Chilean students spur the pulse against the government with a massive protest

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  • The organizers estimate that 150,000 people attend the march.
  • In subsequent incidents, 200 people were arrested.
  • A student fractured his legs after falling from a catwalk.
Police receive a Molotov cocktail during a confrontation with students in Santiago, Chile. Ariel Marinkovic / EFE

Chilean students spurred the government’s push to reform the education system with a massive demonstration on the streets of Santiago and in which at least 200 people were arrested.

The student leaders estimated that 150,000 people attended the march, while the Intendance (governorate) of Santiago and Carabineros estimated that there were about 50,000 people.

“The march has been significant in the number of people who have mobilized and because it has developed without major disturbances of public order,” said the government spokesman, Andrés Chadwick, at the Palacio de la Moneda.


The young people have maintained their demands since the middle of last year to eradicate the educational model imposed in 1981 Carabineros General Luis Valdés told reporters that there were at least 200 detainees and 13 police officers injured.

Valdes said most of the arrests occurred after 2:00 pm (1800 GMT) after the march and highlighted the coordination between the police and the student leaders.

He said he did not know about a student who had fractured his legs after falling from a catwalk. According to unofficial versions, the young man was pushed by a police officer.

The day of mobilization was convened by university and secondary school students , who had the support of teachers, social organizations and unions.

Since the middle of last year, the young people have maintained their demands to eradicate the educational model imposed in 1981 and to obtain a free and quality public education .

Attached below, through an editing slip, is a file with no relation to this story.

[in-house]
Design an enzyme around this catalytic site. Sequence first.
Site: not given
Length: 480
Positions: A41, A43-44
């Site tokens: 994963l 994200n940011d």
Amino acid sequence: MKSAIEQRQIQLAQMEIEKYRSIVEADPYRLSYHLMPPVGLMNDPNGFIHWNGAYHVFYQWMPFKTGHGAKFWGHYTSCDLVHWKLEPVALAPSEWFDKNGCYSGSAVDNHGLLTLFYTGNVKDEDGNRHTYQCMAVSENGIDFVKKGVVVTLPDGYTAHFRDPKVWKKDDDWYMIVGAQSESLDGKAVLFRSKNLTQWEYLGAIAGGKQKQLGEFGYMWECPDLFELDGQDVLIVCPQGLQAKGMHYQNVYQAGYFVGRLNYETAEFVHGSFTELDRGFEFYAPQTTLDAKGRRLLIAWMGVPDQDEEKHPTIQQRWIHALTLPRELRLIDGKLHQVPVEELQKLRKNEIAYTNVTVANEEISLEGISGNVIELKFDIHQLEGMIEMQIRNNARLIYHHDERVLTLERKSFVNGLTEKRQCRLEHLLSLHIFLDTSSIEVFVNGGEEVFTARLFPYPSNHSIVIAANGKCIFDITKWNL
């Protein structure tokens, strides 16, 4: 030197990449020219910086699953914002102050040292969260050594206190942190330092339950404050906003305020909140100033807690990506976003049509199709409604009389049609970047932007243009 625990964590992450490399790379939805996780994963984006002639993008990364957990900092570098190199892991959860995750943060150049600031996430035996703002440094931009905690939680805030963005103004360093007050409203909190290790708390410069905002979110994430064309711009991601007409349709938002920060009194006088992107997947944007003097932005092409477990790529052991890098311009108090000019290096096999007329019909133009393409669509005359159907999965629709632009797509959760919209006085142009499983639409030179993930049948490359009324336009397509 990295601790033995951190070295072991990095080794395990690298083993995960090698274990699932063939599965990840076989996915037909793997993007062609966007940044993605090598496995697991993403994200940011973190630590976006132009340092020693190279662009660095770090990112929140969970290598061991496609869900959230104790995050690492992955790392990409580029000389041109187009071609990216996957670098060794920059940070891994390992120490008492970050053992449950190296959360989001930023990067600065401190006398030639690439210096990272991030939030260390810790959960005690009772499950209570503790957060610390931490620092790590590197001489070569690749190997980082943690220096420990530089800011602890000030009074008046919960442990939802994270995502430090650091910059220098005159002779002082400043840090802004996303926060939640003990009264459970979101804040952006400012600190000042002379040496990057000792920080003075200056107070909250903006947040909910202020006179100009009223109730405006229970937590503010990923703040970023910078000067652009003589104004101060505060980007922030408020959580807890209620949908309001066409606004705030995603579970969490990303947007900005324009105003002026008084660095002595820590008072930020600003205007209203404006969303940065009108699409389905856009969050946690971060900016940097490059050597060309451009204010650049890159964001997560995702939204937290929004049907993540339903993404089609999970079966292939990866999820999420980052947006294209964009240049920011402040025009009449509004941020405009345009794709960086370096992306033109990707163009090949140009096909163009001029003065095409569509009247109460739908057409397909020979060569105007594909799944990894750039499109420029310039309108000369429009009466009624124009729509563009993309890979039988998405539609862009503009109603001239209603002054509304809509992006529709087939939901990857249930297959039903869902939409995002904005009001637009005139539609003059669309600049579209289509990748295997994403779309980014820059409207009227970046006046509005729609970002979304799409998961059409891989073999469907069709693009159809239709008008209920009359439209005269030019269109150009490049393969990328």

The demonstration toured the center of Santiago in a ludic atmosphere, with colorful banners, dances and batucadas (tamborradas).

The demonstrators gathered in front of the University of Santiago’s headquarters and then toured a stretch of the Alameda, the main axis of the city, to end with a concert in the Blanco Encalada sector.

They ask for public education, free and of quality

At the end of the concert, isolated groups of hooded men threw stones and sticks at the police , who had organized a large device to protect order in the streets.

Carabineros (militarized police) repelled the attacks with water tank cars and used to disperse many demonstrators who were peacefully in the surrounding streets.

The government spokesman said that what happened on Tuesday shows that if the authorities have the help of the leaders of the students to avoid the incidents ” a quiet mobilization can be made”.

There were also demonstrations in other cities of the country , such as Concepcion, Temuco, Punta Arenas, Valparaiso, Viña del Mar or Antofagasta.

Isolated groups of hooded men threw stones and sticks at police The vice president of the Student Federation of Chile, Camila Vallejo, said that this day of mobilization shows the validity of student demands and their convening power.

“Today there is a majority of the people who are fighting for a common goal, which is to recover our right to public education, free and of quality for all Chileans,” Vallejo told local media.

The march on Tuesday was the culmination of a hectic month of August in which the protest actions of Chilean students intensified.

Secondary school students were especially active in recent weeks with the occupation of several high schools in the capital to demand that the State take over the administration of the centers, which are currently in the hands of the mayors.

At the university level, students seek the end of the existing profit in many private centers and a reduction in the high costs of careers, which must be covered by credits from the financial system.

The government has responded so far with cheaper credit offers , more scholarships and the tax reform that is debated in Congress, but refuses the structural changes of the system that students demand